Tim: Yes, that’s true – there’s also the pre-chorus from I Think We’re Alone Now. Though it’s interesting you mention Modern Talking – it was co-written and produced by Dieter Bohlen, half of that duo (whose name I found rather confusing last night when Google Translate told me this song had been “produced by planks”. Anyway, whether or not I have heard it before doesn’t change one thing: I do like it. I like it a lot. It’s a German language cover of the 1997 track “And Then I Die” by the also German band Touché, and is substantially more schlager-y, particularly when you add the dance routine and wind machine in the video. I LOVE it. Dancey, fun, exciting, it’s GLORIOUS.
“Literally, I can’t find anything wrong with this track.”
Tom: I had forgotten about this track. Which is a shame, because I think it might be a perfect piece of pop music.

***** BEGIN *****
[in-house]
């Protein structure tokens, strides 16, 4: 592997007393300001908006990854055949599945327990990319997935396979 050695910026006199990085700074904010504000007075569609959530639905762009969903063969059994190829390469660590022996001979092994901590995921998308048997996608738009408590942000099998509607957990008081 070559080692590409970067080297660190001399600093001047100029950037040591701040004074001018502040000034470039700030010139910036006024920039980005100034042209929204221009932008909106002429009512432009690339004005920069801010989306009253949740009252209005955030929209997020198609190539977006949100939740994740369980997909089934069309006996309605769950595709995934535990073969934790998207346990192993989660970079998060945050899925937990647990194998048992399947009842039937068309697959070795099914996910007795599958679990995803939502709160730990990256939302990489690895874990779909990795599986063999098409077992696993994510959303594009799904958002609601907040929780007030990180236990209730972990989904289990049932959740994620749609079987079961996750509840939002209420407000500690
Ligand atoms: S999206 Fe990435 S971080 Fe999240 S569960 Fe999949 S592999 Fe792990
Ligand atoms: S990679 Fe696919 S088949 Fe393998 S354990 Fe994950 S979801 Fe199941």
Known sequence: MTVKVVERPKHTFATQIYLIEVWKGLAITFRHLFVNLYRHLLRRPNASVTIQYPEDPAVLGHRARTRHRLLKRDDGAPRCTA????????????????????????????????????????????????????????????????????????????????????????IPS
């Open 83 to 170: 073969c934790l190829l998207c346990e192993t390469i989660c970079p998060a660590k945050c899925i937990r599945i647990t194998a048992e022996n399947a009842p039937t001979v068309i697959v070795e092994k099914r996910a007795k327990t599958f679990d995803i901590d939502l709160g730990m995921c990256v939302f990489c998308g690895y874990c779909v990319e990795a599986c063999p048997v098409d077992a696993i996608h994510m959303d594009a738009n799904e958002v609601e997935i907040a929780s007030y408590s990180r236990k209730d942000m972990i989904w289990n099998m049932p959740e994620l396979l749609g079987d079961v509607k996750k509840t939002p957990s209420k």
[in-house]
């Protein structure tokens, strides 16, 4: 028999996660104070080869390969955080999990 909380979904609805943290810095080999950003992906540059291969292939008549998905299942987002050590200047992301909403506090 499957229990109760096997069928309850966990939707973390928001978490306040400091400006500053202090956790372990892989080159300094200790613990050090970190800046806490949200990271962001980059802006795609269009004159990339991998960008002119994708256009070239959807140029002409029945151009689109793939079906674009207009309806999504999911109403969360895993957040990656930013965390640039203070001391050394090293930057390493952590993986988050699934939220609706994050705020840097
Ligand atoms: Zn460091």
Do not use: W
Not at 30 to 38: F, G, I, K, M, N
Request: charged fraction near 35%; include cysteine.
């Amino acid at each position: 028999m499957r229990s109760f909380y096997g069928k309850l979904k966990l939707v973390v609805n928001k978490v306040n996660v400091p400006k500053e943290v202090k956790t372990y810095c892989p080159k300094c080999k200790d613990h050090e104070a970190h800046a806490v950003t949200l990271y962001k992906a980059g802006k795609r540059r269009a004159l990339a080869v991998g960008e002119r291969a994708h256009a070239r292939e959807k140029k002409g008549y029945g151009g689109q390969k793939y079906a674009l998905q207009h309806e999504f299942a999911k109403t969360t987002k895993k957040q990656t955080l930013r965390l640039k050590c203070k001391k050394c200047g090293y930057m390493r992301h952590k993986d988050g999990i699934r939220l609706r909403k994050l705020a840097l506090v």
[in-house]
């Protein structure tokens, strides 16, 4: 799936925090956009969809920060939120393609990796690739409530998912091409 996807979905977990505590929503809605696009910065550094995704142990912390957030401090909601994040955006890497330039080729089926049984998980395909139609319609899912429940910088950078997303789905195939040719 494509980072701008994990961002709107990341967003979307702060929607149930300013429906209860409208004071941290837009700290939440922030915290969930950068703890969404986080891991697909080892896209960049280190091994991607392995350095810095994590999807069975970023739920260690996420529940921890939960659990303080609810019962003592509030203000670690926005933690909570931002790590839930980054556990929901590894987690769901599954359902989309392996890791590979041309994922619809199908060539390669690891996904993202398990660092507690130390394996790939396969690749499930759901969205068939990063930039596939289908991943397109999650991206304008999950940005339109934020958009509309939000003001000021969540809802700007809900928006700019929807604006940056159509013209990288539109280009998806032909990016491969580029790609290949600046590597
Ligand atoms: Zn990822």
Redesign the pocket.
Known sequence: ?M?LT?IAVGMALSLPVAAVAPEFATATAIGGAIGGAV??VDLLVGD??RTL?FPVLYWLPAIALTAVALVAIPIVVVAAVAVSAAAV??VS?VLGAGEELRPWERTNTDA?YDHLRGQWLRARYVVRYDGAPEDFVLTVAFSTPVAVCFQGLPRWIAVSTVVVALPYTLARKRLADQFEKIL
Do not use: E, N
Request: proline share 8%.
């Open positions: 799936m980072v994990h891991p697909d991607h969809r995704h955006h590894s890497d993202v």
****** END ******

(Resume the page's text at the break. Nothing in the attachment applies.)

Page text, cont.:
Tim: Do you know, I actually had to check Wikipedia to make sure that wasn’t a young Christopher Eccleston playing the drums.
Tom: Really? I was thinking young Paul Gross myself. Anyway. The band had your standard minor-hit history, including three top 10 hits and an unsuccessful reunion attempt in the late 2000s. It’s a perfectly respectable showing.
Tim: YES I KNOW but let me speak. Squeakiness is a cheap easy gimmick – bit rubbish, but it seems it sells well enough for them to keep doing it. That’s why they’ve made over fifty albums (including many Greatest Hits albums, several Christmas albums, and indeed more than a couple of Greatest Christmas Hits albums). A typical reaction is to listen for twenty seconds, think “oh this is a bit fun”, skip to the next track and repeat until bored. One other reaction, had by SoundCloud user chipmunkson16speed, is to think “what would happen if I slowed this down?”